By pauljeremiah 12 Comments
Anytime this quote is brought up nowadays, it’s either dismissed outright or treated as a joke, but does the quote have a place in the current gaming era?
It’s easy to look at the quote and say, “Well, a delayed game can still be bad, and a rushed game can be updated, so the quote means nothing.” But unfortunately, despite both of these being indisputable facts, games still get released in incomplete states, which leads to a bad reputation that often persists even if the game is updated to be good in the future.
I could go into all sorts of games such as No Man’s Sky, Sea of Thieves and even Fallout 76 to the extent that they were released in unfinished states, which led to them being panned at first but were eventually updated. While these games do have dedicated fan bases, who enjoy the games for their current state, to everyone else, the first thing that will come to mind is the horrid state they were released in. For most of these types of games, the size and passion of the fan base certainly do not outmatch the outsiders who view the games in a negative light. The only game I can think of that escaped the stigma of its launch disaster is Street Fighter V.
Perhaps the most egregious example of why this quote is still relevant comes from Nintendo itself.
I’m sure we’re all aware of Nintendo’s current practice of releasing games in barebones states and then progressively adding new content over time. I believe the first significant example of this was Kirby Star Allies, which disappointed most fans upon release but eventually got updated with many new characters that made the game feel more complete. Nintendo Switch Sports also seems to be going down this route, which has also been met with backlash from fans. However, two examples stick out above the rest.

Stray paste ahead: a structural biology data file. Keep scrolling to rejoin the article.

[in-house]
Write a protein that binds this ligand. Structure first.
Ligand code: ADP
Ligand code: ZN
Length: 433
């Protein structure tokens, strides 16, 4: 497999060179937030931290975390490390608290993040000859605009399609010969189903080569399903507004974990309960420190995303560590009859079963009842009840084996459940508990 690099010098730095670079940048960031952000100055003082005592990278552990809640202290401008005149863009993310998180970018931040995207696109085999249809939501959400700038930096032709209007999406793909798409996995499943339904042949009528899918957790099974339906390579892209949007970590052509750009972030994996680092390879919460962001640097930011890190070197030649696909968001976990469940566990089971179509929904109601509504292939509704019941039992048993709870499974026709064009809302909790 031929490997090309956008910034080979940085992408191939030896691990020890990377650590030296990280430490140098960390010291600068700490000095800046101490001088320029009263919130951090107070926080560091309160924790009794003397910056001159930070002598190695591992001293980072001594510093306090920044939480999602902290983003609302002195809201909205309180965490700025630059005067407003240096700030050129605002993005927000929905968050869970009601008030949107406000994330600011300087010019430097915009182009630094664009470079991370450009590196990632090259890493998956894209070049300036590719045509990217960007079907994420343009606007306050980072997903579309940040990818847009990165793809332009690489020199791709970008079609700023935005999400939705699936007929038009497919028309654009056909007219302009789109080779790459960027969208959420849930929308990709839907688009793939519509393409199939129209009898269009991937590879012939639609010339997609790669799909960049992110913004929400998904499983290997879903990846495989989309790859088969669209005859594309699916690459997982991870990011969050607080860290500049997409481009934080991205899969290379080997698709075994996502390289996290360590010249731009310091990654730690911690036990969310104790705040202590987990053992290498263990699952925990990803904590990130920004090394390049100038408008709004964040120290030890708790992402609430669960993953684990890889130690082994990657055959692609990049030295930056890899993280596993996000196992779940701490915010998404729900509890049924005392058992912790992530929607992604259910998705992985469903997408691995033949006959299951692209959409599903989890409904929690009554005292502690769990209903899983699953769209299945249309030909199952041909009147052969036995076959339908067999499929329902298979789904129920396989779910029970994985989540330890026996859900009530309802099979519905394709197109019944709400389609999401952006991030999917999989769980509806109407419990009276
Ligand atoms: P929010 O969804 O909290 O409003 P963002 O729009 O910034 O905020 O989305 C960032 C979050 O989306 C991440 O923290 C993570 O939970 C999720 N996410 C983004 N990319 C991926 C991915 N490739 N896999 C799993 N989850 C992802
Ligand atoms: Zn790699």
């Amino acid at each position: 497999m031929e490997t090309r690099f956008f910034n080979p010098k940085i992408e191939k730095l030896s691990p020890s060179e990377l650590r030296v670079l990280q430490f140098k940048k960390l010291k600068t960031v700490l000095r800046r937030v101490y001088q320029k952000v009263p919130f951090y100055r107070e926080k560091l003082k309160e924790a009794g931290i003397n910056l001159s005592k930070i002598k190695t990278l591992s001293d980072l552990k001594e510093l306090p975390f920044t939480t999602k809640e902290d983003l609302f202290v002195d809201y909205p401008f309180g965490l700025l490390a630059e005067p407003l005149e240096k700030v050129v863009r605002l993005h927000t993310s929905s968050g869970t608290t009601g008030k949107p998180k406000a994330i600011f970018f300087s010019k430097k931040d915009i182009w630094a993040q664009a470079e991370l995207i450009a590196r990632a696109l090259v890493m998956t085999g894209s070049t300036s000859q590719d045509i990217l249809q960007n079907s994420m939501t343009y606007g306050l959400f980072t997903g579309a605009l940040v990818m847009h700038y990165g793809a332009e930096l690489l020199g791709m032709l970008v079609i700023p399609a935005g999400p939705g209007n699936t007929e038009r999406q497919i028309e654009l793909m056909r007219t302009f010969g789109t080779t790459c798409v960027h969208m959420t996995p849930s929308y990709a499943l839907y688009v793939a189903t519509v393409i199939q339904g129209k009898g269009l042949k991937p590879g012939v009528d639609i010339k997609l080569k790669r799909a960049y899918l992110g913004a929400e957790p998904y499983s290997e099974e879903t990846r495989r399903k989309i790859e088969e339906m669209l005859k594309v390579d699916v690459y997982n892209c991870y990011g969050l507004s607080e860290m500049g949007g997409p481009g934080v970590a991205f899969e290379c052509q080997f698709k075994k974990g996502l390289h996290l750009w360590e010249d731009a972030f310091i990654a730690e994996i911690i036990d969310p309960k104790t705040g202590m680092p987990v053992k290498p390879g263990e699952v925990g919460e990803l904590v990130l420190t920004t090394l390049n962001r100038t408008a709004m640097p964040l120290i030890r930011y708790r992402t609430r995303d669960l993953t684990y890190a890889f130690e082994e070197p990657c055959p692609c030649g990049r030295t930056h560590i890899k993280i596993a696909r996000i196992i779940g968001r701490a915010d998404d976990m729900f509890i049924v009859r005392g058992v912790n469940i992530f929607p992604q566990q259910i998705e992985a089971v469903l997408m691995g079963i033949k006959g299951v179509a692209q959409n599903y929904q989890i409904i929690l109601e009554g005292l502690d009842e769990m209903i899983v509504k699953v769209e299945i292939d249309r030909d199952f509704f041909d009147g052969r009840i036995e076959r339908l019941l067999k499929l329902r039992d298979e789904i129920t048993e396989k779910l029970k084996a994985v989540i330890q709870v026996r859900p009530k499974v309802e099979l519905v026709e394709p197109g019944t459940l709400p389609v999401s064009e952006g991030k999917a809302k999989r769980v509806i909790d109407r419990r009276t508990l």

The first is Animal Crossing: New Horizons. Despite its massive success, many fans were not happy that many features present in previous games were absent from the game at launch, such as art, gyroids, diving, and the roost. While these features were eventually added to the game over time, fans were still not happy. Whenever a new feature was added, people were delighted to see the game feel more complete, but the most common response I saw to these updates was along the lines of “Why wasn’t this in the game at launch?” So despite the rushed game being “eventually good”, its initial barebones release still impacts people's opinion of it.
The second significant example is the most recent; Mario Strikers: Battle League. Once again, fans were not happy with the game being released despite being very light on content, with notable missing characters and stages. And once again, despite Daisy and a new stadium being announced just a few days ago, the most frequent response I see to the update is one complaining about them not being in the game at launch.
There are still consequences to rushing out games and updating them later, and while it’s too early to tell if they’ll be considered “bad forever”, Animal Crossing’s launch is still in the minds of fans two years later; so….
The people complaining about the drip-feeding of content are the minority of the player base. They don’t have a significant impact if they boycott incomplete games. Still, it’s the same minority that seems to believe the quote about delays has no place in the modern gaming paradigm.
To anyone complaining about Nintendo’s practice of rushing out games in bare-bones states, I must ask: would you rather these games get delayed by a year and a half (the time it took for New Horizons to get its last major update) to be released in complete states?